22nd July

FJ Williams Profile Picture
FJW 1955-2007
CH Williams Profile Picture
CHW 2015-
JC Williams Profile Picture
JCW 1897-1939
C Williams Profile Picture
CW 1940-1955

2020 – CHW

More investigation of Callicarpa. We have viewed two species where my identification was suspect yesterday but here are four more and one which I could not find. In theory we are growing seven species of Callicarpa.

Callicapra shirasawana at Tin Garden is a vigorous tall growing species which we have already seen with its splendid fruits. Here are its flowers and buds which are mauve-pink like many of the Callicarpas. However we do know that the fruits are a different colour to Callicarpa bodinieri var. giraldii ‘Profusion’.

Callicapra shirasawana
Callicapra shirasawana
Callicapra shirasawana
Callicapra shirasawana
The much better known Callicarpa bodinieri var. giraldii ‘Profusion’ is nearly over in two of the three Tin Garden plants. The flower clusters are larger and darker pink (as are the leaves) than any of the other species seen so far. The leaves have a pronounced purplish hue.
Callicarpa bodinieri var. giraldii ‘Profusion’
Callicarpa bodinieri var. giraldii ‘Profusion’
Callicarpa bodinieri var. giraldii ‘Profusion’
Callicarpa bodinieri var. giraldii ‘Profusion’
Callicarpa bodinieri var. giraldii ‘Profusion’
Callicarpa bodinieri var. giraldii ‘Profusion’
Callicarpa psilocalyx is clearly the most tender of the three species growing in Tin Garden and in the Isla Rose Plantation. Much dieback even after a mild winter and only one plant in the trios has generally survived. Vigorous new growth now from the survivors now but no flowers as yet. The foliage is distinct and different from any of the other species.
Callicarpa psilocalyx
Callicarpa psilocalyx
Callicarpa psilocalyx
Callicarpa psilocalyx
Another (the fifth) Crataegus with fruits – this one is Crataegus schraderiana which we saw nicely in flower this spring.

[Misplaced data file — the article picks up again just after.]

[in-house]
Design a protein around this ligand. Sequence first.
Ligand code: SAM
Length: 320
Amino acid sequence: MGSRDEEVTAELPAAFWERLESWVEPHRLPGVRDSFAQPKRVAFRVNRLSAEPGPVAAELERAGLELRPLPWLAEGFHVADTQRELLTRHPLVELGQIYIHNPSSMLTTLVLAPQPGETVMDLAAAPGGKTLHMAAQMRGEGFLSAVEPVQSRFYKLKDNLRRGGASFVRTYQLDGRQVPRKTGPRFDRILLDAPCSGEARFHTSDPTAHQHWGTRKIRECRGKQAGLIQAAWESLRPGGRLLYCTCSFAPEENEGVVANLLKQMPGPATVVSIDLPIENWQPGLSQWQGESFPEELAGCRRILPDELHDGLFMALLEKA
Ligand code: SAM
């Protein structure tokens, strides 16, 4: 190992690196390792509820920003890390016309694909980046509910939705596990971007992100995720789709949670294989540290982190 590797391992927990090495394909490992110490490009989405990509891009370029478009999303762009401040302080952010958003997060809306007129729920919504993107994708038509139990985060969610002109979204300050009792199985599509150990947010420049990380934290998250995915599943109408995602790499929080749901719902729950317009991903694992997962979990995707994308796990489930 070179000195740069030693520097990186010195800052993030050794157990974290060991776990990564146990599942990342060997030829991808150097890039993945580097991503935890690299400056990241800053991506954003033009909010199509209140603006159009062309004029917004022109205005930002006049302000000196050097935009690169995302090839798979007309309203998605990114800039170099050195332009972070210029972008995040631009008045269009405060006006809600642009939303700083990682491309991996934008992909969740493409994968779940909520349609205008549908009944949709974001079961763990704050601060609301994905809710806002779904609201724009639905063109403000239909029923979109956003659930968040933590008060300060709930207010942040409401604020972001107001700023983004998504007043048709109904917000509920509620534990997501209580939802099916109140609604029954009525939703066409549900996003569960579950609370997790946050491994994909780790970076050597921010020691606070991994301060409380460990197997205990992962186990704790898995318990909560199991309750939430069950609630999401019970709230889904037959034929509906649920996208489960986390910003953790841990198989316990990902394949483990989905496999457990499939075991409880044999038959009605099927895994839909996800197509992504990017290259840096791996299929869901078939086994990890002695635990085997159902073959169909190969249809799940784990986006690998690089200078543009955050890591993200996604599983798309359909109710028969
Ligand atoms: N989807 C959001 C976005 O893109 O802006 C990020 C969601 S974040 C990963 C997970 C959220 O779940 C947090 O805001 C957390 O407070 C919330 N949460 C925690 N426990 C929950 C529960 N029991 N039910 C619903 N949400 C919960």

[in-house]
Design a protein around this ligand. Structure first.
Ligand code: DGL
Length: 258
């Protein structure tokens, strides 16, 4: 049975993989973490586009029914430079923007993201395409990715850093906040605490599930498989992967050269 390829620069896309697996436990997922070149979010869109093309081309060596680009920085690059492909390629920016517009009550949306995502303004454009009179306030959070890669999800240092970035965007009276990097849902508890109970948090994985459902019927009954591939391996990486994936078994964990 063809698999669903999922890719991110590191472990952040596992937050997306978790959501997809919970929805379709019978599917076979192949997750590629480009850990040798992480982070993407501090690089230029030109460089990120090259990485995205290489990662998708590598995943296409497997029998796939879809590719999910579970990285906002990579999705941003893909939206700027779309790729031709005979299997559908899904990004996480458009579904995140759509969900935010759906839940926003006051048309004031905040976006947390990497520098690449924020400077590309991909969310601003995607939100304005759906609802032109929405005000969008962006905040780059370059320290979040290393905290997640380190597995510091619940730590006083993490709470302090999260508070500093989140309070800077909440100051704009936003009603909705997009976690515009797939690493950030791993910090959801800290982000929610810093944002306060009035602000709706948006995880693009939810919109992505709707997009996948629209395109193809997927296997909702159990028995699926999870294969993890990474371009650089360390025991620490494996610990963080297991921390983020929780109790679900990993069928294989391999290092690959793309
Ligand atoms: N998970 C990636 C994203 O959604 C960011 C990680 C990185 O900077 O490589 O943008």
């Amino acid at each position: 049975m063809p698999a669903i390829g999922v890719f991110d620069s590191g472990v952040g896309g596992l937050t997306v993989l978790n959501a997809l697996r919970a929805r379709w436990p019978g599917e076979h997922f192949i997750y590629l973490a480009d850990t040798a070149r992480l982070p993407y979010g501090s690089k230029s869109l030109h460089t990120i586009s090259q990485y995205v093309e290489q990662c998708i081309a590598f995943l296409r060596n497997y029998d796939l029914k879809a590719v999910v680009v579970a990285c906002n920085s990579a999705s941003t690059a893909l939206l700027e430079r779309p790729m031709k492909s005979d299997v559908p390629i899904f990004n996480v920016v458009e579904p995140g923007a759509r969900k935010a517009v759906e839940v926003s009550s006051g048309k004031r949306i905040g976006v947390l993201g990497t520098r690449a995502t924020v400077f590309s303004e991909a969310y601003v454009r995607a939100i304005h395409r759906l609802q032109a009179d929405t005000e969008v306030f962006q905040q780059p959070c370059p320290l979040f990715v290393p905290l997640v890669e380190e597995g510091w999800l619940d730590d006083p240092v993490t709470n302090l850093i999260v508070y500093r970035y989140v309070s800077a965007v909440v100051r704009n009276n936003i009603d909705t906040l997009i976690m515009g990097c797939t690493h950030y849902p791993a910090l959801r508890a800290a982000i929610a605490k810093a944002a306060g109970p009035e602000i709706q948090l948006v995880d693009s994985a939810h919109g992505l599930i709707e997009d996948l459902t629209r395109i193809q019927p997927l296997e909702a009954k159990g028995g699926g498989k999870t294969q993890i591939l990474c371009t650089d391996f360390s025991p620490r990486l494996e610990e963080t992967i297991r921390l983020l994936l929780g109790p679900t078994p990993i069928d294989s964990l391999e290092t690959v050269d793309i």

Crataegus schraderiana
Crataegus schraderiana
Crataegus schraderiana
Crataegus schraderiana
Still a flower on Camellia ‘Kitty’ in late July!
Camellia ‘Kitty’
Camellia ‘Kitty’
Then to the Isla Rose Plantation where there are three trios of plants growing in full sun.
Callicarpa japonica ‘Leucocarpa’ has white flowers and a dense rounded habit in the Isla Rose Plantation. This perhaps calls into question my identification of Callicarpa cathayana yesterday or perhaps both have white flowers? Hard to know when the reference books tell you so little.
Callicarpa japonica ‘Leucocarpa’
Callicarpa japonica ‘Leucocarpa’
However this compact clump, labelled Callicarpa dichotoma, has a small and dark tinged leaf form which is nothing like the supposed or guessed C. dichotoma which I photographed yesterday and no flowers out yet but buds to come in small clusters down the new growth stems. This matches the Hillier’s description and was previously known as Callicarpa purpurea which matches the leaf colour.
Callicarpa dichotoma
Callicarpa dichotoma
Callicarpa dichotoma
Callicarpa dichotoma
C. shirasawana and C. psilocalyx have been fairly recent purchases from Mark Bulk’s specialist plant list. Burncoose stocks C. dichotoma, C. japonica ‘Leucocarpa’ and C. bodinieri ‘Profusion’ but also Callicarpa kwangtungensis which has been planted here but appears not to have survived. I have a little more work to do at the nursery to check all these identifications and compare the flowers.

2019 – CHW
Huge seed clusters forming already on Lithocarpus pachyphyllus. The old record tree is plastered in these and some have already crashed to the ground in recent wind and rain.

Lithocarpus pachyphyllus
Lithocarpus pachyphyllus
One of the magnolias outside the back yard is laden with nearly ripe seed pods in profusion. The other three alongside have very few as they caught the wind when the flowers were out.
magnolias outside the back yard
magnolias outside the back yard
The rest of the day was spent finalising and signing off on Dad’s probate submission to HMRC. A huge effort by Edwina, our land agents and accountants which has taken six months’ work to complete.

2018 – CHW
Thinning in the 20 to 25 year old woodland in Brownberry Wood is now complete. These young beech trees have been decimated by squirrels over the years as you can clearly see here. This is why trapping greys is essential if there is to be any chance of a timber crop in 60 or 50 years’ time. Why do so few people understand this?
young beech trees